Nutrition on the Internet

Nutrition & Food Science

ISSN: 0034-6659

Publication date: 1 August 2000

Citation

Stephen Fallows, D. (2000), "Nutrition on the Internet", Nutrition & Food Science, Vol. 30 No. 4. https://doi.org/10.1108/nfs.2000.01730dag.001

Publisher

:

Emerald Group Publishing Limited

Copyright © 2000, MCB UP Limited


Nutrition on the Internet

The last article in this series gave a detailed account of the consultative and legislative activities that led in the UK from the initiation of the concept of a Food Standards Agency (May 1997) to the formal Royal Assent of the Food Standards Act 1999 (November 1999).

This article begins by identifying a couple of European Union initiatives that may (together) lead to the establishment of an EU-wide institution with similar areas of responsibilities.

The second part of the article notes that the UK has not been alone in the establishment of a food safety/food standards agency. The Web sites of three recently-established equivalents are reviewed.

Web site reviews

European Union agencies

Two separate proposals have been made with respect to the creation of an EU agency with broad powers in the area of food safety and standards policy:

  1. 1.

    In May 1999, the EU Directorate-General for Health and Consumer Protection asked three eminent members of the Scientific Steering Committee to reflect upon the appropriateness of the current system of scientific advice to the Commission. A report on the future of scientific advice has been presented to the Commission and published. The report recognises a lack of consumer and industry confidence in the current system. It also identifies a need to communicate more effectively to show how the scientific risk assessment links with both the effective management of crises and the steady pursuit of higher health and environmental standards. The key feature is the recommendation that the EU should establish a new independent body - a European Food and Public Health Authority. The full text of the report is available at the following URL: http://europa.eu.int/comm/dg24/health/sc/future_food_en.html

  2. 2.

    The European Commission has adopted and published a White Paper on food safety. This proposes the establishment of a new European Food Authority. The responsibilities given to the new body would include:

    • establishment of risk assessments through scientific advice;

    • information gathering and analysis;

    • communication on food safety matters; and

    • rapid alert system for food crises.

    The Commission has set out a rapid and ambitious implementation schedule for the creation of its proposed new Authority:

    • White Paper published: January 2000.

    • Consultation period: end of April 2000.

    • Commission proposal: September 2000.

    • Enabling legislation: December 2001.

    • Authority starts operation: during 2002.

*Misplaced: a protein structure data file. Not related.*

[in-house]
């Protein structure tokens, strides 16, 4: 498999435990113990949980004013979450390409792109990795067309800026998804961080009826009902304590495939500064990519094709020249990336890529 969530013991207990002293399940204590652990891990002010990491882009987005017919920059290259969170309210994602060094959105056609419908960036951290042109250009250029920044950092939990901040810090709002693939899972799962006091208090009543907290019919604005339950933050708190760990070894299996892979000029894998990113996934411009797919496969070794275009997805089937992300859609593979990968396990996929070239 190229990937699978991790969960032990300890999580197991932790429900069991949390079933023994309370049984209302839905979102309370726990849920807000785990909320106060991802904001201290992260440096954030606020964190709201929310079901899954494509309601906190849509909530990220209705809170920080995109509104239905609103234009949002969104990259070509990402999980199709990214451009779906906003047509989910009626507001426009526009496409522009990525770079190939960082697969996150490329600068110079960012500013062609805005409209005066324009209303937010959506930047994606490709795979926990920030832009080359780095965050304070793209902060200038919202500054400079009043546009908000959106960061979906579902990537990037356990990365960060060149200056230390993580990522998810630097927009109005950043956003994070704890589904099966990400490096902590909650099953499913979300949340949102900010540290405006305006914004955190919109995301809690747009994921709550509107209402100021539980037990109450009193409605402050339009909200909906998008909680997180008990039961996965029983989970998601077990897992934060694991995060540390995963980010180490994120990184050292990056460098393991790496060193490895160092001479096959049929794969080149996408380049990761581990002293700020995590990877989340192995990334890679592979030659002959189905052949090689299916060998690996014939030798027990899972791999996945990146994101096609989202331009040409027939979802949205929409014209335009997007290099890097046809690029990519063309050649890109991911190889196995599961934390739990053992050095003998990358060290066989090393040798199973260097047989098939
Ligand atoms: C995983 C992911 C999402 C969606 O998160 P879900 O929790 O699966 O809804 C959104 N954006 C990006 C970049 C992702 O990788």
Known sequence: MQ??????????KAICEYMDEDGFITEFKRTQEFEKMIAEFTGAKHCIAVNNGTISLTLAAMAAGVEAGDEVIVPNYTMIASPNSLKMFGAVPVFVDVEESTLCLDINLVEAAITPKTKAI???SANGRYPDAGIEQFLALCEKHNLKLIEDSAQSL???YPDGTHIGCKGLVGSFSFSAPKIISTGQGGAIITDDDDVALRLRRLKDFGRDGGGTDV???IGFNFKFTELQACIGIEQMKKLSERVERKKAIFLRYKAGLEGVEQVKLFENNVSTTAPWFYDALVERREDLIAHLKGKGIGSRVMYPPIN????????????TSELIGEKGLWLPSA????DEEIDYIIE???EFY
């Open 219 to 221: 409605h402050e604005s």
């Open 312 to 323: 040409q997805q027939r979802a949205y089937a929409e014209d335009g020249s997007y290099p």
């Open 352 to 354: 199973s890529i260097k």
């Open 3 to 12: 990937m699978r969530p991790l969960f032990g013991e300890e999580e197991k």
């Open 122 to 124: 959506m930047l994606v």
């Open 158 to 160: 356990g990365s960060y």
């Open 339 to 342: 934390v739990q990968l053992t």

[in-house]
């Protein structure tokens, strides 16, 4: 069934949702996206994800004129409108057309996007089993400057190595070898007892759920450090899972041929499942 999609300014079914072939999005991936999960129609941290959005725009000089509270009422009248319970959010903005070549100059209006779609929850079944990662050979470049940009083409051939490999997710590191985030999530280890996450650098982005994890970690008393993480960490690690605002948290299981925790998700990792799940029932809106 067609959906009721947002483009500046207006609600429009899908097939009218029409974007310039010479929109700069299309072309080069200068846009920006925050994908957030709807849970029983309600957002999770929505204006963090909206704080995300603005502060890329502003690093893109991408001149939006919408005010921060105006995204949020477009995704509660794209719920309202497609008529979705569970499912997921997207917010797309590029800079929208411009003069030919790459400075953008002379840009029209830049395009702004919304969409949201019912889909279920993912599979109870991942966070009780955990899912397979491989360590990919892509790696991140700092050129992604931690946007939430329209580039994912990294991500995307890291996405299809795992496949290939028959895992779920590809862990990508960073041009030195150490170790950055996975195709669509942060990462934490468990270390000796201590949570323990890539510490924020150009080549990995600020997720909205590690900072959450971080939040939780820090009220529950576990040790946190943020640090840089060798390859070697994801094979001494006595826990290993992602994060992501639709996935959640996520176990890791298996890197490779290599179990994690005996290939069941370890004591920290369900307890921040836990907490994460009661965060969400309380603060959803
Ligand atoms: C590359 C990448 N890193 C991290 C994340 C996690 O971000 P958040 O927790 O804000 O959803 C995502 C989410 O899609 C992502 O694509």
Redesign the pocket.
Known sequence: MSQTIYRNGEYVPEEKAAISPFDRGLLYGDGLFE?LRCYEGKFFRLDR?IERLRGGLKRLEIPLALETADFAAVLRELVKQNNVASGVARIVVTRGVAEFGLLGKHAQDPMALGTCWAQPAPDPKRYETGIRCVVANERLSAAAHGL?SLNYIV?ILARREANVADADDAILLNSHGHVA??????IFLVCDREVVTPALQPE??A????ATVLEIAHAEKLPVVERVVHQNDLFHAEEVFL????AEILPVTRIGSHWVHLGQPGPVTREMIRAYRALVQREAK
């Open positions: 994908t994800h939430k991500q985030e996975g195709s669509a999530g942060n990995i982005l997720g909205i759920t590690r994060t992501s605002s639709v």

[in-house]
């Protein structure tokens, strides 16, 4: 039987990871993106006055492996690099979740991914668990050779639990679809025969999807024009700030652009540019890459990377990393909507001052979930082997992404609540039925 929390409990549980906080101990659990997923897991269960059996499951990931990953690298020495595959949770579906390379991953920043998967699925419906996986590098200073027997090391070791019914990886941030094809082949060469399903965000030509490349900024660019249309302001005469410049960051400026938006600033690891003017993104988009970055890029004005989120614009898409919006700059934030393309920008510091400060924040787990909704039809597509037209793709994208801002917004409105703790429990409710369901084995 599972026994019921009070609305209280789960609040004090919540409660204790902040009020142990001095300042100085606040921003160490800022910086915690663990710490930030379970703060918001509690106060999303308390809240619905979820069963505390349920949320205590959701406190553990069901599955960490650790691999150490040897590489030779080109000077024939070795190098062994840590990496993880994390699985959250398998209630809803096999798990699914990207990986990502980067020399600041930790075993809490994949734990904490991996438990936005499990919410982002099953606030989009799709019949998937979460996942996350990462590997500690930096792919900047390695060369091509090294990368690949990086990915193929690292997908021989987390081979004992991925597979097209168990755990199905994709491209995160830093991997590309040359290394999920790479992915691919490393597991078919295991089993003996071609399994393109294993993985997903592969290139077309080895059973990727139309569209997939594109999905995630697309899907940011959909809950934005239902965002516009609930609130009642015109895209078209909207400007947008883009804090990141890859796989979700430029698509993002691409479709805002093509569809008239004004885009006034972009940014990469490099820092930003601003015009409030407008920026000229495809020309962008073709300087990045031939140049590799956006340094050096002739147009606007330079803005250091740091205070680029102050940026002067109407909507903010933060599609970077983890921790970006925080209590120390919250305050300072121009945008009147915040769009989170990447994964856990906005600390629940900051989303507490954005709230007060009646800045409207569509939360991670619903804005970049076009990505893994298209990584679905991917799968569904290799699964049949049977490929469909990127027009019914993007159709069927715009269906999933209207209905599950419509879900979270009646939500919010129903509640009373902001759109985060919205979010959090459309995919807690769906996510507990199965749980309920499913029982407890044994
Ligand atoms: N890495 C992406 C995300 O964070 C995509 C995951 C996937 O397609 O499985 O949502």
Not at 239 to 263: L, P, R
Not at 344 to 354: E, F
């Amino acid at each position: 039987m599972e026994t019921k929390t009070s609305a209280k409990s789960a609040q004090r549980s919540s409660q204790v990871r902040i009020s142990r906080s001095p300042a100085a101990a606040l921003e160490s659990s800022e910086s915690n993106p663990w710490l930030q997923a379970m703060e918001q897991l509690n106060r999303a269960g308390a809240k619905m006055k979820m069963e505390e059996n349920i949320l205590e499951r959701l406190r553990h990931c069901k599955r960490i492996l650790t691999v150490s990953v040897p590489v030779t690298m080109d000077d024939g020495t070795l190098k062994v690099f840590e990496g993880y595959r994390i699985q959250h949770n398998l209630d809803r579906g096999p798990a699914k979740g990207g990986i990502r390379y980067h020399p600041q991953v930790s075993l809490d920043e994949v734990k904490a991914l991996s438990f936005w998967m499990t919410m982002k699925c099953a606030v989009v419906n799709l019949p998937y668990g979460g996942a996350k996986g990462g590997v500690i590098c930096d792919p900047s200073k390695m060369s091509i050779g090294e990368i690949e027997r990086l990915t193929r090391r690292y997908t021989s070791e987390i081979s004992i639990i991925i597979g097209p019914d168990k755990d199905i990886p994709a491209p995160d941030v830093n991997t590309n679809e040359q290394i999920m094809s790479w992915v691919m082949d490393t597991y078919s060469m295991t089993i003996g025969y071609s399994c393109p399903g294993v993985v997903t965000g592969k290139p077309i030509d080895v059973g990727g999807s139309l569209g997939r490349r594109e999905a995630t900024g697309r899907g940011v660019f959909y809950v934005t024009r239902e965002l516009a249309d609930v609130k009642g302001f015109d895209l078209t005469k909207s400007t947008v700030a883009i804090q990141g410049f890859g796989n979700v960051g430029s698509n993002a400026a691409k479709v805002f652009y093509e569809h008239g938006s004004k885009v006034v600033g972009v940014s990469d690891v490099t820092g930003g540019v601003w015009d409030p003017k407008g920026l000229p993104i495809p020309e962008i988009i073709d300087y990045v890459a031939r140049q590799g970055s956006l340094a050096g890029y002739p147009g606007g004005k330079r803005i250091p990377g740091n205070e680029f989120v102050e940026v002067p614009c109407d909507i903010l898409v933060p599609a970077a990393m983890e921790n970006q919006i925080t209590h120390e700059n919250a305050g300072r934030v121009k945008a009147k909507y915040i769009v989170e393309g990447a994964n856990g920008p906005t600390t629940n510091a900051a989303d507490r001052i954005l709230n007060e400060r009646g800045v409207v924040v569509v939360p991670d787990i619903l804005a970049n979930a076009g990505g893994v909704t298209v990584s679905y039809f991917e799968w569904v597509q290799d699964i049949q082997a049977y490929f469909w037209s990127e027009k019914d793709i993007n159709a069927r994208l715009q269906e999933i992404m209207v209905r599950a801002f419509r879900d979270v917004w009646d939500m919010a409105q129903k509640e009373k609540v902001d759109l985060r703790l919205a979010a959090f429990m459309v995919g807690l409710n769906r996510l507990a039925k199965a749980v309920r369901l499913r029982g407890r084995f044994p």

The paper (Commission document COM (1999) 719 final) also gives a (very useful) detailed list of forthcoming legislative actions in the area of food for the next couple of years. As indicated above, the paper is subject to a consultation period that ended April 2000.The full text of the White Paper is available on the Internet at the following URL: http://europa.eu.int/comm/dg24/library/pub/pub06_en.pdf

Other new agencies

New bodies with responsibilities for food safety/food standards matters have also been created in the last year or so in Canada, France and Ireland[1]. Similarly, agencies with responsibilities equivalent to those to be taken up by the UK Food Standards Agency have existed for some time elsewhere in the world[2].

The following sections will look at the three newcomers in alphabetical order.

Canada

Canada has undertaken a significant restructuring of its food safety and standards legislation and the agencies that ensure its proper development and enforcement over the past couple of years. The principal driving force for these changes was the challenge of co-ordinating controls on a wide range of food matters (which range from nutrition through to prevention of foodborne disease).

In 1997, the Canadian Food Inspection Agency (CFIA) was established to consolidate all food inspection related resources at the federal (national) level.

Details of the work of the CFIA are available at the following URL: http://www.cfia-acia.ca/english/toc.html (as with all official Web sites in Canada, this is paralleled by a French language Web site).

The above URL gives access to a table of contents with links to a wide range of information on such matters as:

  • overview of the Agency's work;

  • acts and regulations;

  • agricultural inputs;

  • biotechnology;

  • imports;

  • inspection procedures and manuals;

  • labelling;

  • publications;

  • consumer food safety;

  • industry aspects of food safety (including HACCP);

  • food retail; and

  • science and technology.